• June, as one of the featured barbers in the film, how would you describe yourself?

  • I'd describe myself as a hard workin' man. A hustler. I've been cutting hair for about twenty years, and I just felt like the world needed to see what barbering was really all about. And I kinda started taping in the barber shop myself at first. And then I hooked up with a friend of mine, Reggie Williams who was in the shop one day and he saw the energy while I was taping, and we talked and kinda just kept it moving.

  • Reggie, you're a client, yes?

  • Yeah. It's funny because I used to go to Malik, June's brother, who's also prominently featured in the film. Malik was my barber for about four years. I was in the shop one day, and the shop was always very animated. Like June said, there was a camcorder there, and there was a guy, Sugar Dice, who's also featured in the film, who was really expounding on the Middle East and foreign affairs and things like that, and it was just fascinating. And I asked June what was going on and he said, Reg, you know, I think this would be a great idea for a documentary. And I agreed. So I said, I really wanna be involved because I feel passionately about expressing the different types of black men that are out there, and giving a window into their world. At that point, I took the concept to another good friend of mine who I thought would be great to work with, (HBO's) Amani Martin.

  • How would you describe the environment of the barbershop?

  • I'd describe it like the Coliseum. It's an arena. And it's a safe haven for people just to be. You know? Everybody wants to be somebody, and the barbershop is pretty much a forum where you can be that person you wanna be, even if it's not who you really are, or if you wanna just be somebody that you're pretending to be. You can be it in the barber shop. It's freedom. For me, it's sport.

  • You describe yourselves as barber psychologists. Can you elaborate?

  • Well I feel that I'm in touch with people. You know, I've been cutting hair for twenty years, and it's not just about taking hair off a person's head, it's about the connection between two people. That's why people talk to their barbers, because you're totally inside their spirit. You're touching them. You know, sometimes I actually forget when I'm cutting hair that my hands are usually always on a person's shoulder. What that does for me is it relaxes me into a person's energy. So we become one to a certain degree. And when you got that oneness it's... it's kinda like sex almost. I know that sounds kinda crazy, but it's a connection. Within sex there's a connection between people. Within barbering there's a connection between two people. So you get that open feeling. It's intimacy.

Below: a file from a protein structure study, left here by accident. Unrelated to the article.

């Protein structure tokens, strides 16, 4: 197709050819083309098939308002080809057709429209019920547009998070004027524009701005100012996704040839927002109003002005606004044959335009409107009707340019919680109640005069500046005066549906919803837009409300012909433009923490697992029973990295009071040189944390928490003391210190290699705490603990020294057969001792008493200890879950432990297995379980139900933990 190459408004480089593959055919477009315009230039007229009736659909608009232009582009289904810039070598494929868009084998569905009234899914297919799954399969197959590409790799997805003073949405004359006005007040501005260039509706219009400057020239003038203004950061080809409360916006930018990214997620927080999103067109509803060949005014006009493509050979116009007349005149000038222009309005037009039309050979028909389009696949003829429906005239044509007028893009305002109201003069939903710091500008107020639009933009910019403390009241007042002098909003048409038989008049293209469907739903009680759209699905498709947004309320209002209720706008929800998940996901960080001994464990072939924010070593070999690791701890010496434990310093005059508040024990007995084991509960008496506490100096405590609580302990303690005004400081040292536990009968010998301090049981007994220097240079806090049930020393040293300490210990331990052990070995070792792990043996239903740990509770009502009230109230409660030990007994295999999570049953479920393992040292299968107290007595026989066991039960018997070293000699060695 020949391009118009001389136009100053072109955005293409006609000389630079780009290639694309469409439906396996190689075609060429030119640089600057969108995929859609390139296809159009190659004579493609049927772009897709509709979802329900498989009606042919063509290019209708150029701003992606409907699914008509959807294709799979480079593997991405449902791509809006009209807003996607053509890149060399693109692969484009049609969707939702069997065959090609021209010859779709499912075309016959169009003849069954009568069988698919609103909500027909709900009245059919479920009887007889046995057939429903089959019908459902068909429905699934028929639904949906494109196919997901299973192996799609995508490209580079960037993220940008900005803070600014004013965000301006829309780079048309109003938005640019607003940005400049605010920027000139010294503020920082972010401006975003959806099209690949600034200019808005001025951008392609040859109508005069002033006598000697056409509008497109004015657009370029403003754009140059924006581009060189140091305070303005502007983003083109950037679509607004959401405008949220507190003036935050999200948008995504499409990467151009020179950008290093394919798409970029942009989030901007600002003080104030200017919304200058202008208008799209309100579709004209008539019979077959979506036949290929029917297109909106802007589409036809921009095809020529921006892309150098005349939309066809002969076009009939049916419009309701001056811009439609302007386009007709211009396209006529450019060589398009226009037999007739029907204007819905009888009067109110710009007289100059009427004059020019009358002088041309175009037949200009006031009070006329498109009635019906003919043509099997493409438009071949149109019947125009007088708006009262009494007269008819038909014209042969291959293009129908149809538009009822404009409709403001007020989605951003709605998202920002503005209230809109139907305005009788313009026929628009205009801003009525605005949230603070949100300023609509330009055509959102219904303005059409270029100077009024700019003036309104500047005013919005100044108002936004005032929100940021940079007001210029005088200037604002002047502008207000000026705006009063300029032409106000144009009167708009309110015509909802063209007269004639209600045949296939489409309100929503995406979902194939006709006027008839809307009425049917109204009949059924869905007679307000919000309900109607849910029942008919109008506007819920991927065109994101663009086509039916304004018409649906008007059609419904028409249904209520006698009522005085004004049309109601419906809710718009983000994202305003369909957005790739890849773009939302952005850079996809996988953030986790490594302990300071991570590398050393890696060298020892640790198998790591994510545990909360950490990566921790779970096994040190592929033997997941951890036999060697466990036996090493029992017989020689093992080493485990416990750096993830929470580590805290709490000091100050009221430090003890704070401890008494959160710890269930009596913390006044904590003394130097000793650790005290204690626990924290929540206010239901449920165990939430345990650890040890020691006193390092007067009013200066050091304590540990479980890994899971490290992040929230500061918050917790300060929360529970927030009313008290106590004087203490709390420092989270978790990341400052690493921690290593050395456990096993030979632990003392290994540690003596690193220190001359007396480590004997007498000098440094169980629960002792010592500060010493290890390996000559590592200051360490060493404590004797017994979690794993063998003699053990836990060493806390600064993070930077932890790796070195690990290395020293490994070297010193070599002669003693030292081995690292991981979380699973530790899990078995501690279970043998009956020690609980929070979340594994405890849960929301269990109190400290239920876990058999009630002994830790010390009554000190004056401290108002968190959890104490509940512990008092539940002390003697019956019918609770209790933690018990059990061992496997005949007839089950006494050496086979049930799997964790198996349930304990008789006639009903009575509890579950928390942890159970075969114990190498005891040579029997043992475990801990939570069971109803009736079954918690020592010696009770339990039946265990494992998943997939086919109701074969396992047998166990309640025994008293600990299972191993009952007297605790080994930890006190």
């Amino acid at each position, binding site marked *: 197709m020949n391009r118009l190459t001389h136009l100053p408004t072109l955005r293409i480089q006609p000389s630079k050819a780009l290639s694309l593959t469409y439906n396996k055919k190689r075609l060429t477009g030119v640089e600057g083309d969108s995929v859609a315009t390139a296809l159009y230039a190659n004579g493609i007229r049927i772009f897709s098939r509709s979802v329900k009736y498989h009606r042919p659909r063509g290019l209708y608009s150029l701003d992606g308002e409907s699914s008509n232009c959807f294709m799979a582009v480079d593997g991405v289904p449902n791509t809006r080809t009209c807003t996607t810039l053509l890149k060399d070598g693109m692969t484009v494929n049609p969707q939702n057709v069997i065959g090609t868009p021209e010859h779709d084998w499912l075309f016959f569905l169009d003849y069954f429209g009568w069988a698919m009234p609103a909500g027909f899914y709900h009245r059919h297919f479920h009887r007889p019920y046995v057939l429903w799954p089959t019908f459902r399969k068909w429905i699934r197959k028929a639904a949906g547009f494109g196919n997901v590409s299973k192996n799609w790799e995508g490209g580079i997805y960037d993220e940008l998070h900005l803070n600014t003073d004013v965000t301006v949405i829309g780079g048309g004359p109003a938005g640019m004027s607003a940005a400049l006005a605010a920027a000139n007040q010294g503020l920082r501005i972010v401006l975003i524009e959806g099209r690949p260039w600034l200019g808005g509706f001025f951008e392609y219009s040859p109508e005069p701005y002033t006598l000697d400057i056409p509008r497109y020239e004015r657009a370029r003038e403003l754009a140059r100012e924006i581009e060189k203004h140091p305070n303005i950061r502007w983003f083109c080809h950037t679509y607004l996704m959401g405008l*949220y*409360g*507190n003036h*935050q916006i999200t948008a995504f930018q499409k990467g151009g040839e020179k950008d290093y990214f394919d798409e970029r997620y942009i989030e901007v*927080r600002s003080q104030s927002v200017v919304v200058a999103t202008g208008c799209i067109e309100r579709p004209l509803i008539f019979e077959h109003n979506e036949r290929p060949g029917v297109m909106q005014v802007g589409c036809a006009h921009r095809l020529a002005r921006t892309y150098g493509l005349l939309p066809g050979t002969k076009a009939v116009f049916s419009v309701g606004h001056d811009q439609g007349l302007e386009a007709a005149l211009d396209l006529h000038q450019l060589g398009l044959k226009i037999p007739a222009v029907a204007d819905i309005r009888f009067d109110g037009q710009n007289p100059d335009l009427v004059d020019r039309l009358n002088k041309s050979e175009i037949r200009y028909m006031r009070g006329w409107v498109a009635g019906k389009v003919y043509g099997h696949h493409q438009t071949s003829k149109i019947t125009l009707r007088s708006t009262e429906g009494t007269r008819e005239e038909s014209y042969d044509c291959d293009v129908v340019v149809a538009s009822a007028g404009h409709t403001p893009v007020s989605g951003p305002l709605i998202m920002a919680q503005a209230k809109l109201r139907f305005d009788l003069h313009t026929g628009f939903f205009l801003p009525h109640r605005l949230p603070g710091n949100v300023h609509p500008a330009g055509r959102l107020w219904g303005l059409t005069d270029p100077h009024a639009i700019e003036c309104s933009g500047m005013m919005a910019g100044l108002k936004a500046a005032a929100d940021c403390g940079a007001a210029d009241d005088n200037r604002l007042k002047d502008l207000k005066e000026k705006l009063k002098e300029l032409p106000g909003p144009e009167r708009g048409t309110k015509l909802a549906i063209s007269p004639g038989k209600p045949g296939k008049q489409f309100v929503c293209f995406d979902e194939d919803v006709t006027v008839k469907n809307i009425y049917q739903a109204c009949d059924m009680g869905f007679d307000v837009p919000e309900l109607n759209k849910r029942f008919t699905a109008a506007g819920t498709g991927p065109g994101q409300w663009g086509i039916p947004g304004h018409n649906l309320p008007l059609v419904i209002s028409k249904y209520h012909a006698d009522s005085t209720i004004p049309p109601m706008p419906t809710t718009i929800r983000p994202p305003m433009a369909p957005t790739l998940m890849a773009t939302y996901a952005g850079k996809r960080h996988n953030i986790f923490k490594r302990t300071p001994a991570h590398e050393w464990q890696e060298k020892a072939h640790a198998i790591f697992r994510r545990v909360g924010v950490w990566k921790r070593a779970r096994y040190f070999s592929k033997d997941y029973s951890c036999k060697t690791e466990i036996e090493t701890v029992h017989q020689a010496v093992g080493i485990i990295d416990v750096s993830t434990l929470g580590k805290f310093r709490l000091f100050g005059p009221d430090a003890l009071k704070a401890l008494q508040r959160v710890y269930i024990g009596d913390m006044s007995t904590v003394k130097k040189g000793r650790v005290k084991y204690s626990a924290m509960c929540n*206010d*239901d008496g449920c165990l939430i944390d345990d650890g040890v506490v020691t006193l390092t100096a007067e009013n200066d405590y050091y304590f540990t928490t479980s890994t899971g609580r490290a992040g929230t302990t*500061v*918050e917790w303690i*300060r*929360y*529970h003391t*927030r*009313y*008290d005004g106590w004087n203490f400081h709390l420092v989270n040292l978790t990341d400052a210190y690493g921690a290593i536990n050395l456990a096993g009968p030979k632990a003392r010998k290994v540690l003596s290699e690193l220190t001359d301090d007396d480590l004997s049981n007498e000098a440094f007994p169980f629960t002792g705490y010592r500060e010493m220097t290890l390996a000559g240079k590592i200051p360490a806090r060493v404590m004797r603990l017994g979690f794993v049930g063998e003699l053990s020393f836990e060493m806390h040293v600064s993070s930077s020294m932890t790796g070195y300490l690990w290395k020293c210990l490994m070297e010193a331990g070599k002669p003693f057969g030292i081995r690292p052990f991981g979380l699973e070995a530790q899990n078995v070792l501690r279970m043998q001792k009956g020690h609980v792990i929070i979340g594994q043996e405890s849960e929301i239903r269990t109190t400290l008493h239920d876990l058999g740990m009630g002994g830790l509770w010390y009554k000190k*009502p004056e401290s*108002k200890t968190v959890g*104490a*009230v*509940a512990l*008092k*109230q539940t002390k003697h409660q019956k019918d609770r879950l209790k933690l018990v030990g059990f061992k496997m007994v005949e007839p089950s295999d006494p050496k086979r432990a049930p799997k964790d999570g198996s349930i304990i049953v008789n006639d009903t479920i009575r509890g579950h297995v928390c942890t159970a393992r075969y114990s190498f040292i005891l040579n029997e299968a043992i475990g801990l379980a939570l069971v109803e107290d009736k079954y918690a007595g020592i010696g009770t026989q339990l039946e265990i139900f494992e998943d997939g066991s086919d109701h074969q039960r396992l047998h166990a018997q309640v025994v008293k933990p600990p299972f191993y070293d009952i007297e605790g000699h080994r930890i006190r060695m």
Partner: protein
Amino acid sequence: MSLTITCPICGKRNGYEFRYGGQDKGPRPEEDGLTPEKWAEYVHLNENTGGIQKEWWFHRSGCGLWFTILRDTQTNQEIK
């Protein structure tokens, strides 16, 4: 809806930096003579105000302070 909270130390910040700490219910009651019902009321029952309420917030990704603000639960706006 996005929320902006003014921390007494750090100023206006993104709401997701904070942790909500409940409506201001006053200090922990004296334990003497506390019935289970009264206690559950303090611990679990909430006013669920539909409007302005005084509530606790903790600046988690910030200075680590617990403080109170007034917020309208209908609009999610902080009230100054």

• Tell me about "the hustle". What does that expression mean?

  • You got barbers who just kinda sit in the barber shop all day and wait for people to come to them. Then you got a guy that realizes that it's an art, but it's also a profession, and you have to hustle. So, if I'm slow on a particular day, I just get outside and bring somebody in. I'm gonna build up this energy. It's the hustle. It's kinda like scoring a basket in basketball. You score a basket, you score another one and all of a sudden the basket just gets bigger. Same thing with barbering. It's a sport. That's the hustle.

  • What do you hope the audience will take away from the film?

  • I hope what the audience takes away is that we all have a lot more in common than we believe. I think the general population has been bombarded with certain images of black men as athletes, as entertainers. But we are all that and more. We're all share many universal qualities, and I think that this bridges the gap of humanity.